India-US relations: 'The rupture is certainly real and quite

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Old 17-Feb-2014
Post India-US relations: 'The rupture is certainly real and quite

Aziz Haniffa
'The Khobragade affair has left bruised personal feelings on both sides.'

'The manner in which the younger cohort in the Indian Foreign Service was able to drive New Delhi's policy response to this problem -- as if India's national interest did not matter -- was simply startling.'

'Never before have I seen a diplomatic crisis in US-Indian relations, or for that matter a crisis involving India and any other country, driven by bureaucratic trade unionism, where the political leadership was simply missing in action.'

Ashley J Tellis, one of the foremost strategic experts on US-India relations, accesses the fallout of the diplomatic spat, in conversation with Rediff.com's Aziz Haniffa.

Ashley J Tellis, Senior Associate at the Carnegie Endowment for International Peace, a Washington, DC-based think-tank, and the driving force behind its South Asia programme, believes the negative fallout from the United States-India diplomatic spat that followed Dr Devyani Khobragade's arrest is not only "real," but quite "tragic."

Dr Tellis has nearly three decades experience of following US-India relations and being a protagonist in the push for a US-India strategic partnership. He served as senior adviser to then US ambassador Robert D Blackwill at the US embassy in New Delhi. He also served on the National Security Council staff as special assistant to the President and senior director for strategic planning and Southwest Asia.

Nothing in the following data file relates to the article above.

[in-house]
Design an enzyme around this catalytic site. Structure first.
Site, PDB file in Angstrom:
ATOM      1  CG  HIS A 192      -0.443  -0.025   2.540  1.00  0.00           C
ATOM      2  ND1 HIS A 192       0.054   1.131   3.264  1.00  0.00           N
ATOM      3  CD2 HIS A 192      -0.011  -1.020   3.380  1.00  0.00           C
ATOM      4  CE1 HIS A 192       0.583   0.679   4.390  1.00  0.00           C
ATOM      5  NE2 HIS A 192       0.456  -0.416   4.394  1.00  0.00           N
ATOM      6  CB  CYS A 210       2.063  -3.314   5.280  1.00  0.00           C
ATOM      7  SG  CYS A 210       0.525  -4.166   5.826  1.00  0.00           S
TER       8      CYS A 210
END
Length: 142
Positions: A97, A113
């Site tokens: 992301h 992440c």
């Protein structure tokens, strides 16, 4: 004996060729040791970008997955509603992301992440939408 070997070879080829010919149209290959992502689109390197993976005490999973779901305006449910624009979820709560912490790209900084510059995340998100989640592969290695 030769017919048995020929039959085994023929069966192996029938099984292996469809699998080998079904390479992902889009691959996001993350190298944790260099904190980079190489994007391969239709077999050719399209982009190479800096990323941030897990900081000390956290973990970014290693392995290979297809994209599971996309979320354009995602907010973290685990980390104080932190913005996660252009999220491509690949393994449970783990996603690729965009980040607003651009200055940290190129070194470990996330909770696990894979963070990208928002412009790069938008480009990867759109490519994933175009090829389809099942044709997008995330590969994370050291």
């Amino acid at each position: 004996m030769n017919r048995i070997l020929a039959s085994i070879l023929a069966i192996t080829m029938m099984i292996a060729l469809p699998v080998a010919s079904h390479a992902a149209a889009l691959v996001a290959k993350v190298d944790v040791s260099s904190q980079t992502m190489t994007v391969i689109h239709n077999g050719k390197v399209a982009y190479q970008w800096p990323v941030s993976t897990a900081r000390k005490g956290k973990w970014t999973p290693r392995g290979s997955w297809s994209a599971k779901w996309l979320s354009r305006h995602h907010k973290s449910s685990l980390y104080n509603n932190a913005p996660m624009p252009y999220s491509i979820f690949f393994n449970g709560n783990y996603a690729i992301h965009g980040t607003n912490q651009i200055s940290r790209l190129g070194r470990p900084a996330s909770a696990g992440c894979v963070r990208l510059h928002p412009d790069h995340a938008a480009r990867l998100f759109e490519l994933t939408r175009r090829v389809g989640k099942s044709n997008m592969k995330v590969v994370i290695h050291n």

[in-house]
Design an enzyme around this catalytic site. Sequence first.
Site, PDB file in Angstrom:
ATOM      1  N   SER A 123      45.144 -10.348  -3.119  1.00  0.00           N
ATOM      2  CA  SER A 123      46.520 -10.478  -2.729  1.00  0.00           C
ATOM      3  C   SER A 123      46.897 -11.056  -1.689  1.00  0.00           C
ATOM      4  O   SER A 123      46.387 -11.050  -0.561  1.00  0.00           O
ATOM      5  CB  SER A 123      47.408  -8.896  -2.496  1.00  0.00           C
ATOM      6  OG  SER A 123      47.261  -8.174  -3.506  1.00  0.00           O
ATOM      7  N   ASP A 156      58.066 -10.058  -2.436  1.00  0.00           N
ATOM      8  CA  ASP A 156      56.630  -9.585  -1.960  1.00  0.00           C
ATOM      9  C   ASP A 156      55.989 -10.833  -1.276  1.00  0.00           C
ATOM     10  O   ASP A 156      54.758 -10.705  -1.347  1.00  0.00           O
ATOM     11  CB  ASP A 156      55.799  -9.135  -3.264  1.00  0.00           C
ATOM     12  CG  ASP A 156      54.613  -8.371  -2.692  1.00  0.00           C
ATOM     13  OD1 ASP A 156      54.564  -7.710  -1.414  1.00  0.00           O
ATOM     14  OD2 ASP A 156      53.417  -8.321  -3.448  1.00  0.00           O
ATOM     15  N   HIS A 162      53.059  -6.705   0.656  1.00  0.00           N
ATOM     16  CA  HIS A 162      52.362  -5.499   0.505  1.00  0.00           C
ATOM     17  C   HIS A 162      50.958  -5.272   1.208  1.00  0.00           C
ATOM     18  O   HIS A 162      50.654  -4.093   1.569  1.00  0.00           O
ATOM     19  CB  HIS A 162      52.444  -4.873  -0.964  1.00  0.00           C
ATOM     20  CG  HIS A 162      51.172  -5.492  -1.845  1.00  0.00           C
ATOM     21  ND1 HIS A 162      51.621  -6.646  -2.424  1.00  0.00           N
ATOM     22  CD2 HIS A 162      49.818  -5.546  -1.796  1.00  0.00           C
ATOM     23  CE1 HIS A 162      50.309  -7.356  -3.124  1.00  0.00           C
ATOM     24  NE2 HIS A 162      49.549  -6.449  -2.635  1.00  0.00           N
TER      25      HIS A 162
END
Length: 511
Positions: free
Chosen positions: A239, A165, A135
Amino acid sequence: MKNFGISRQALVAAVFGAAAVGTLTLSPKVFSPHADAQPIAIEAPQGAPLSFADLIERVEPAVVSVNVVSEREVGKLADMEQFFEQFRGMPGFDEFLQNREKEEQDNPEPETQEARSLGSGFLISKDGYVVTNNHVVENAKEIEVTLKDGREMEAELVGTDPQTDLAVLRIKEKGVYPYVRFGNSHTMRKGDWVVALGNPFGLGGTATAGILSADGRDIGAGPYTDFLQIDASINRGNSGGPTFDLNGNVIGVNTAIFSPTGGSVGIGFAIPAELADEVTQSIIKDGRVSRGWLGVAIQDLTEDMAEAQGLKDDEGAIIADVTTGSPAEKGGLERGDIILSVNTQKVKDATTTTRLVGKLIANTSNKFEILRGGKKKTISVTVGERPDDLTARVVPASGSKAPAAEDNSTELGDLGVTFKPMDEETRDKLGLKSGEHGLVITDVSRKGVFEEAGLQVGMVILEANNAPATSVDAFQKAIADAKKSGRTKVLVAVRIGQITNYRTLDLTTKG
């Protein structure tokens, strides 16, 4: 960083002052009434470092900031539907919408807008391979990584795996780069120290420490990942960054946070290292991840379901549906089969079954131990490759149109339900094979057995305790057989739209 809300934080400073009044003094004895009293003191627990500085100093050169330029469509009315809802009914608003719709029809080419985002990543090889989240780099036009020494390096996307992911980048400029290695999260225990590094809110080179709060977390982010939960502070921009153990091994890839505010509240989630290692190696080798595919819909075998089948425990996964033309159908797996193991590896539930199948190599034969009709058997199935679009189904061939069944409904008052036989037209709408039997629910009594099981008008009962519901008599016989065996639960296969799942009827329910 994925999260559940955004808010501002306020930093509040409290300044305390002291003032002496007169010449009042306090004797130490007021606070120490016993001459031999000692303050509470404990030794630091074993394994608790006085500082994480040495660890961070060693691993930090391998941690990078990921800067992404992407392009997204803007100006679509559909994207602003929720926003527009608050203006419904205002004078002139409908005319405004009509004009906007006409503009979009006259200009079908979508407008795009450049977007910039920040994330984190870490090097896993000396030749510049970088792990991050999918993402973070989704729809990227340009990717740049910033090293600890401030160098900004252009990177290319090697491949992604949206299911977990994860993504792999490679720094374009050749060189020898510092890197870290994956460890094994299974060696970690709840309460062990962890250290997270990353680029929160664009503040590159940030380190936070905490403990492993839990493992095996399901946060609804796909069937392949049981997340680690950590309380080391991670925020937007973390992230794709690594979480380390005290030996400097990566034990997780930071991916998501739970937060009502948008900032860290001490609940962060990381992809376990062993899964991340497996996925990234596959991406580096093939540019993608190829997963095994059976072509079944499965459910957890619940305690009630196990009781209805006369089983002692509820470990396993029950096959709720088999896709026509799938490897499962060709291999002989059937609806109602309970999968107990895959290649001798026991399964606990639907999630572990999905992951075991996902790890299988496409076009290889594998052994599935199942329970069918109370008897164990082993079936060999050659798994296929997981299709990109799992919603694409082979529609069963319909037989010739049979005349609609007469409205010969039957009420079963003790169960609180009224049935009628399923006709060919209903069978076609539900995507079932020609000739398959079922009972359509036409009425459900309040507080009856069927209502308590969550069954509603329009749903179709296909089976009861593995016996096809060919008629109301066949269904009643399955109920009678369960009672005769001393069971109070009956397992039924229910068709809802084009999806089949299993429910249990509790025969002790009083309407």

He is the author of India's Emerging Nuclear Posture and co-author of Interpreting China's Grand Strategy: Past, Present, and Future. He is also the research director of the Strategic Asia programme at the National Bureau of Asian Research and co-editor of the programme's 10 most recent annual volumes. He is frequently called to testify before the United States Congress.

How deep is the US-India rupture? Can it be healed in the near term?

The rupture is certainly real and quite tragic. Unlike problems arising from policy differences, which can be negotiated and resolved somewhat dispassionately, the Khobragade affair has left bruised personal feelings on both sides.

We often assume that diplomats are moved solely by concerns about the national interest. But, in truth, how they are treated makes a difference to the enthusiasm they muster in carrying out their duties.

Both sides are obviously trying to put the incident behind them, but it will take time. And the repair is not helped by the fact that both countries are terribly inward looking at this point in time.

Have you ever seen such a major diplomatic spat?

Lest we forget, there was a very difficult moment in the bilateral partnership after India's 1998 nuclear tests. The US then had imposed sanctions on India and the mood was dominated by great acrimony, at the highest levels in Washington, towards New Delhi's actions.

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